- The Washington Times - Monday, October 17, 2011

CONCORD, N.H. — Herman Cain’s signature “9-9-9” tax-reform plan has been the battle cry accompanying his meteoric rise through the Republican presidential ranks. But political insiders in New Hampshire say the simple formula that has helped propel his candidacy also could derail it.

Mr. Cain says the plan, which would replace the federal tax system with a 9 percent sales tax on new goods, a 9 percent personal income tax and a 9 percent tax on business income, is the kind of bold economic solution voters are demanding.

But the call for a national sales tax could chase away the very limited-government voters Mr. Cain, the former CEO of Godfather’s Pizza, will need to capture as he tries to outflank Mitt Romney, who easily has been the most consistent Republican in the field.

“Anytime you are proposing any kind of new taxes, it is very hard to explain to voters, and it makes it an easy thing for your opponents to attack — particularly in New Hampshire, where there is no sales tax,” said Neil Levesque, director of the New Hampshire Institute of Politics at St. Anselm College. “And it is risky to start proposing stuff like that in the middle of the campaign — things that haven’t been vetted.”

That will serve as part of the backdrop when Mr. Cain and his GOP rivals take the stage Tuesday night for a debate in Las Vegas.

Republican presidential candidate Herman Cain greets supporters during a campaign appearance Saturday ... more >

Mr. Cain likely will have to address the politics of his plan once again, including whether Nevada voters have any appetite for lumping a federal sales tax onto their local rate.

“No taxes sell with the primary voters here,” said David F. Damore, a political science professor at the University of Las Vegas. “We already have one of the highest sales taxes in the country. In Clark County, it is 8.1 percent.”

Campaigning in New Hampshire last week, Mr. Cain acknowledged he will have to sell “9-9-9.”

“I know it’s going to be an uphill battle … because it is so different,” he said. “We start with ‘throw out the current tax code,’ where most people don’t know what’s in it anyway. Most people can’t even tell you what their effective tax rate is. This one is visible, simple, transparent, efficient and fair. Not fair according to Washington’s definition; fair according to the definition of Webster’s.”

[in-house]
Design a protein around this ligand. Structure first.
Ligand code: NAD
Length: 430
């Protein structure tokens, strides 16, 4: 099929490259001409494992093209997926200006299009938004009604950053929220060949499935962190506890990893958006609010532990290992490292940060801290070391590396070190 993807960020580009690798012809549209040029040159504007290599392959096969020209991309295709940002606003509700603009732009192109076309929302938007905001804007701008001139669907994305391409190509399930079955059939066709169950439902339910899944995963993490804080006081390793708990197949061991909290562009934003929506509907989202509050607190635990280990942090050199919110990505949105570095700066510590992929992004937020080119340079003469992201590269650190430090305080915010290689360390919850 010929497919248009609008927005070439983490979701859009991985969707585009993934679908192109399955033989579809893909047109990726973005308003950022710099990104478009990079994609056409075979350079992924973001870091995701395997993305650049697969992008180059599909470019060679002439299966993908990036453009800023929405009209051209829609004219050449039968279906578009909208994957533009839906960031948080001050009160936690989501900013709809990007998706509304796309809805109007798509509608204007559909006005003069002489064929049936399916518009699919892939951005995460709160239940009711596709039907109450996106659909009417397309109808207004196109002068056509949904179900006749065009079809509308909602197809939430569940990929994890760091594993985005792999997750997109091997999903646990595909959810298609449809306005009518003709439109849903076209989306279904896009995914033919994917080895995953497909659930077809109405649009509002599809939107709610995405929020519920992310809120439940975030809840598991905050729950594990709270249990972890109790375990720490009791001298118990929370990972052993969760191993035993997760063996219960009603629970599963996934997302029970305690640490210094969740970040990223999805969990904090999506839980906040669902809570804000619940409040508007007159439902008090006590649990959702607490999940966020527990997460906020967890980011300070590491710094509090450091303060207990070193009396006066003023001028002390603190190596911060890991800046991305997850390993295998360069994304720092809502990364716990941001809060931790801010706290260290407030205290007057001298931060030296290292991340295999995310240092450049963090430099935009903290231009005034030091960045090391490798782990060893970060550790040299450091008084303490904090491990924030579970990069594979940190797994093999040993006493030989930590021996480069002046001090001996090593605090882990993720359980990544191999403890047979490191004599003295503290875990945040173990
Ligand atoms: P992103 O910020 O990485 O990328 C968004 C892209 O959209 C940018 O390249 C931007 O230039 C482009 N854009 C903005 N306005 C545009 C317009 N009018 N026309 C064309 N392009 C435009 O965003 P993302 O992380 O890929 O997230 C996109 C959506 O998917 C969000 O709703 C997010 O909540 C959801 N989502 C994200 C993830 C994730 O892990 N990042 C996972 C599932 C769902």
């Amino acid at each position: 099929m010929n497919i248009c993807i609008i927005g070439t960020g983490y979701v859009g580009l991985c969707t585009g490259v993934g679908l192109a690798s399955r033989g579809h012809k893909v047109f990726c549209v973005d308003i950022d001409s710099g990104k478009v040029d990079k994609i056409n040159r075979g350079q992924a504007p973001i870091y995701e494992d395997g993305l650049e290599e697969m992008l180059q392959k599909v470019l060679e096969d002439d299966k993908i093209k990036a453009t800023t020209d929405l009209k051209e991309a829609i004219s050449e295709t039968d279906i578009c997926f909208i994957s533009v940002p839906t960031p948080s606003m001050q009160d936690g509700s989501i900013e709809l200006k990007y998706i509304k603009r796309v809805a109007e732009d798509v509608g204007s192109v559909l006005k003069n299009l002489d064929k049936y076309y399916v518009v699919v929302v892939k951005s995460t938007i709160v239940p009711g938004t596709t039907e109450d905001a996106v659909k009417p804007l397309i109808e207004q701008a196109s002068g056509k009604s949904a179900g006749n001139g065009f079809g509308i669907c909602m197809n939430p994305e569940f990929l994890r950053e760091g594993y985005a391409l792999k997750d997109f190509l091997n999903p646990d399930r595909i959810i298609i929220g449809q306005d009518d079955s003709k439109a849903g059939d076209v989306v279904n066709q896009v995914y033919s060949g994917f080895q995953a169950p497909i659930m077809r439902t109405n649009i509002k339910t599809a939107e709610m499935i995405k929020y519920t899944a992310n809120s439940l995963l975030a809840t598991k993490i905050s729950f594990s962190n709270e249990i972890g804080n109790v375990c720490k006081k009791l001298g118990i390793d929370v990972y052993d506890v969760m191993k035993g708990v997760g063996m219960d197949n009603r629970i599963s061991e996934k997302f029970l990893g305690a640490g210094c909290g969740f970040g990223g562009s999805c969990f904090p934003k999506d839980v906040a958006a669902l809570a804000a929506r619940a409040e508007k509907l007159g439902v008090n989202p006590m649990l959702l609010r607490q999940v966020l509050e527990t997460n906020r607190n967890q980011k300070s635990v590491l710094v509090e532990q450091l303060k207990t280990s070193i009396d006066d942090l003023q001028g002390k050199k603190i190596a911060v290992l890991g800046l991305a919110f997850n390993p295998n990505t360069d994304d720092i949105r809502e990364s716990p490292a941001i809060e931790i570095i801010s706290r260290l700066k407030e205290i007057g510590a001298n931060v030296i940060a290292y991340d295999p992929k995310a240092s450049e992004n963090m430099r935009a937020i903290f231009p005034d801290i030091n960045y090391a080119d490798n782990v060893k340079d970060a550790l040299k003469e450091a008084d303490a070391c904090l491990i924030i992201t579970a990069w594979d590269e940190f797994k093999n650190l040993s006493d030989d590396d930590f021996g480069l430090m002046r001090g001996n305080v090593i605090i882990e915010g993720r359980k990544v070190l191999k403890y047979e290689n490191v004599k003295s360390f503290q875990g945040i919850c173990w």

Beyond his tax plan, Mr. Cain also faces questions about whether his campaign is built for the long haul of a presidential campaign. At this point, he lacks the financial muscle and ground organizations that historically are needed to counter attacks and win support in the early primary contests.

In New Hampshire, which could hold the first primary in less than two months, yard signs for Mitt Romney, Ron Paul and Gary E. Johnson dotted the neighborhood streets last week, but Cain signs were noticeably missing.

Still, he won a surprise victory at a Florida straw poll last month, and his support nationwide has been climbing, particularly as backing for Texas Gov. Rick Perry has dropped.

A CNN/ORC International poll released Monday found that among potential primary voters nationwide, 26 percent support Mr. Romney and 25 percent support Mr. Cain. Mr. Perry has fallen to a distant third place, at 13 percent. A Rasmussen Reports poll, meanwhile, showed Mr. Cain ahead of President Obama in a hypothetical matchup.

Cain now has the chance to make the case for why he should be the challenger to Mitt Romney,” said Scott Rasmussen, president of Rasmussen Reports. “Many others have auditioned for the role and fallen flat, and it remains to be seen whether Cain’s fate will be similar.”

As Mr. Cain has risen in the polls, his campaign and his 9-9-9 plan are under more scrutiny.

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